"I think it can be an example of cooperation between leading countries with a lot of renewable energy potential," said Mark Lutes, senior global climate policy adviser at WWF Brazil, adding, "Dilma could see this as a strategic opportunity for Brazil's economy."
But beef could sweeten the deal even more, some say.
Where's the beef?
The United States banned Brazilian beef in 2001 after the country failed to show its cattle were free from mad cow disease, and the Brazilian government has been pushing to end the embargo ever since. In 2013, the U.S. Department of Agriculture proposed allowing some importation of beef after the agency concluded that Brazil now has the veterinary infrastructure in place to detect and eradicate an outbreak of foot-and-mouth disease.
Climate advocates agree that Brazil now has a strong scientific case to make for ending the embargo and generally support a deal. But with 60 percent of Brazil's deforestation happening because of cattle production, they say, any deal must include conditions ensuring that the beef has not been produced in violation of the country's Forest Code restricting the razing and clearcutting of the Amazon.
"With ground beef prices at record highs in the United States, imported Brazilian beef could be good news for consumers firing up their backyard grills this summer, but only if Brazilian beef is safe and sustainable," said Nigel Purvis, a former U.S. climate negotiator who now leads the consulting group Climate Advisers.
"If the United States lifts its import restrictions on Brazilian beef, the United States and Brazil should agree publicly that all beef exported by Brazil to the United States must be sustainable and legal," he said.
Doug Boucher, who directs the Union of Concerned Scientists' Tropical Forest and Climate Initiative, said one potential deal in the works would see Brazil vowing to ensure strong enforcement of the Forest Code and possibly providing some certification that any beef exported to the United States was not done in violation of forest protection laws.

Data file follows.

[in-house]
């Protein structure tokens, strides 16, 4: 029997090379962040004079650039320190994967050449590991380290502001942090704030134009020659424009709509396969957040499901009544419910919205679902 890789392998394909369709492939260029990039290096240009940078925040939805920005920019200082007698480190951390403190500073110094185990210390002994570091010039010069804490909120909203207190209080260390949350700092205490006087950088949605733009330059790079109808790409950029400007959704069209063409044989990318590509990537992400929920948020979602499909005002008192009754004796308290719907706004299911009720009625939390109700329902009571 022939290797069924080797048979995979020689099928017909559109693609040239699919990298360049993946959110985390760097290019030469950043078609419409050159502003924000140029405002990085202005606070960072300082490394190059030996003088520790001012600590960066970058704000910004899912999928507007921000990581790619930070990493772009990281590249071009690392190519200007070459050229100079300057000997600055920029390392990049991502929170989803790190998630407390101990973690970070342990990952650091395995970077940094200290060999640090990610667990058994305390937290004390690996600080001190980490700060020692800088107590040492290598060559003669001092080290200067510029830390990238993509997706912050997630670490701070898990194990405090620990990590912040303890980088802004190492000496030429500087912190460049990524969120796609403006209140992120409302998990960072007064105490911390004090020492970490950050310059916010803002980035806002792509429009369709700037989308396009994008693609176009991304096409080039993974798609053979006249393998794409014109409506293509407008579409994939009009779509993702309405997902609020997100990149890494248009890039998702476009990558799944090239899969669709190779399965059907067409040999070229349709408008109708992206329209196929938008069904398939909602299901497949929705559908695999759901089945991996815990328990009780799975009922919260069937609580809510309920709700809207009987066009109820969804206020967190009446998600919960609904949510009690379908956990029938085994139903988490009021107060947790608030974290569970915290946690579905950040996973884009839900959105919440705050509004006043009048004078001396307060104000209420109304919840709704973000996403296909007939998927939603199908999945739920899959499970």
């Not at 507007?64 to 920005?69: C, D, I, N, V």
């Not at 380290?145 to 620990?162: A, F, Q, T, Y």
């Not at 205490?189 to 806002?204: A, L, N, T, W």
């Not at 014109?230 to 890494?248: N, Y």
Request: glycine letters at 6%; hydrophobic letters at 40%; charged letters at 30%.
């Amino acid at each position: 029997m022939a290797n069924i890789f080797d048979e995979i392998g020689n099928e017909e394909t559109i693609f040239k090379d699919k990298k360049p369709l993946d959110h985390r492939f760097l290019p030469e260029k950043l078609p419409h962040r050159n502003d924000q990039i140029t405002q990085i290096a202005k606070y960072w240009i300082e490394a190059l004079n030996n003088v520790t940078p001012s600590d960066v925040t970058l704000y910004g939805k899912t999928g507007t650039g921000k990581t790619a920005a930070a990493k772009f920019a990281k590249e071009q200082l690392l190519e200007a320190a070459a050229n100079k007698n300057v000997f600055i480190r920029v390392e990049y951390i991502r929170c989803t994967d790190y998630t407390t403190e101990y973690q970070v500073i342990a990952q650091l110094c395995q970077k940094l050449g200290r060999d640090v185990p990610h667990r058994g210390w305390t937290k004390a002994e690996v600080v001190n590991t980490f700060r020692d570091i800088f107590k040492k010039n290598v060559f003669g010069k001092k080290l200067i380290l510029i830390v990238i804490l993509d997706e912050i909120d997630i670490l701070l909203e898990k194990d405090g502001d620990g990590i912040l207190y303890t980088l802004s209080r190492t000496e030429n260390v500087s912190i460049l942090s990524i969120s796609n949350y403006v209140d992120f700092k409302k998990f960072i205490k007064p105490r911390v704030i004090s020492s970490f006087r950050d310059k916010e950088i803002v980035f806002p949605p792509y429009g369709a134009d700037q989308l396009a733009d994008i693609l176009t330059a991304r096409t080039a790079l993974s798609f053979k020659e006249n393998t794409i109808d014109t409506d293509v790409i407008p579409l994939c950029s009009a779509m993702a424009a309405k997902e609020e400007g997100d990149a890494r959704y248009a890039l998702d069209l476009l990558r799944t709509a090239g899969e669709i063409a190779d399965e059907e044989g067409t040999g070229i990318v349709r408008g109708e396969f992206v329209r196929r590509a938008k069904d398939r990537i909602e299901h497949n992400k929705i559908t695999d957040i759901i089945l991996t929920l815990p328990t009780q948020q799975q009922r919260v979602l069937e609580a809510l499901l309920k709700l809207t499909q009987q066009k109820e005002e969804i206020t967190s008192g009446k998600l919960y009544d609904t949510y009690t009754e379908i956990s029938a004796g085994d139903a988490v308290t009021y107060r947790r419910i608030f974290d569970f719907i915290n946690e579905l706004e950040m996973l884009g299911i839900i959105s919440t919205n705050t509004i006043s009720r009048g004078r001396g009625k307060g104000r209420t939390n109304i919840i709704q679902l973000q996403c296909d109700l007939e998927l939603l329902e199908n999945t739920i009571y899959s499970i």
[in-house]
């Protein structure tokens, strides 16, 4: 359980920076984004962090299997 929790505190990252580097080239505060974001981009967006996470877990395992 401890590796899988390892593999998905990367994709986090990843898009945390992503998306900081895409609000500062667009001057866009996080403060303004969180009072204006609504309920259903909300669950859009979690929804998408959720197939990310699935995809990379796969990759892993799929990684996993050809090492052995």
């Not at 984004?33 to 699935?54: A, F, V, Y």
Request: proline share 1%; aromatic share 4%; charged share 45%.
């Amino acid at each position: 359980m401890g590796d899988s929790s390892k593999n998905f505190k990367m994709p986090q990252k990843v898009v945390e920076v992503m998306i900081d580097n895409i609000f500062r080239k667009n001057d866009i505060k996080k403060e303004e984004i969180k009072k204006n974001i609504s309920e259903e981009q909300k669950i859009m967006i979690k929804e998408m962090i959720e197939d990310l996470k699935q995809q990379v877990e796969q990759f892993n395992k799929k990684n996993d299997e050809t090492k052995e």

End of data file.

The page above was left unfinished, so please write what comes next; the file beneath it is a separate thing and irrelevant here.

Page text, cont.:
"If that happens, I think it would be quite a good thing for the climate," Boucher said.
But the beef industry continues to have strong concerns about the end to an embargo. In a statement to ClimateWire, National Cattlemen's Beef Association Vice President of Government Affairs Colin Woodall said his group supports trade but questioned the science surrounding the safety of Brazilian beef.
"Brazil and Argentina have a history with foot and mouth disease (FMD), and we have strong concerns on the lack of safeguards that Brazil and Argentina have to make sure that the disease is not brought into the United States. FMD is highly contagious and we simply cannot jeopardize the health of the animals in our domestic herd. It is a risk we are not willing to take and therefore we will continue to push back against these rules," Woodall said.
Banking on a climate image-booster
As that debate plays out, activists say they are increasingly hopeful that the Obama-Rousseff meeting will build momentum toward the Paris talks -- even if Brazil does not put its entire emissions plan on the table.
Rittle said he hopes to see at least some indication of the type of targets Brazil will make. Environmental groups are urging the Brazilian government to announce an economywide absolute emissions cut rather than a reduction from business-as-usual trends or a carbon efficiency target.
"If we have as a result of this meeting Brazil announcing it will make an absolute emissions target, I don't think it will be a small thing," Rittl said. "That will be a big announcement."
Meanwhile, he and others argue that with Rousseff's administration rocked by corruption charges and an economic downturn, positive attention from a climate agreement and a possible economic infusion to boost solar, wind and other renewables in Brazil could offer a much-needed public relations boost.
"Dilma needs good news, and this is a platform that can give her good news. And not just headlines, but economic opportunities," said WWF's Lutes. "I think the meeting can be really important."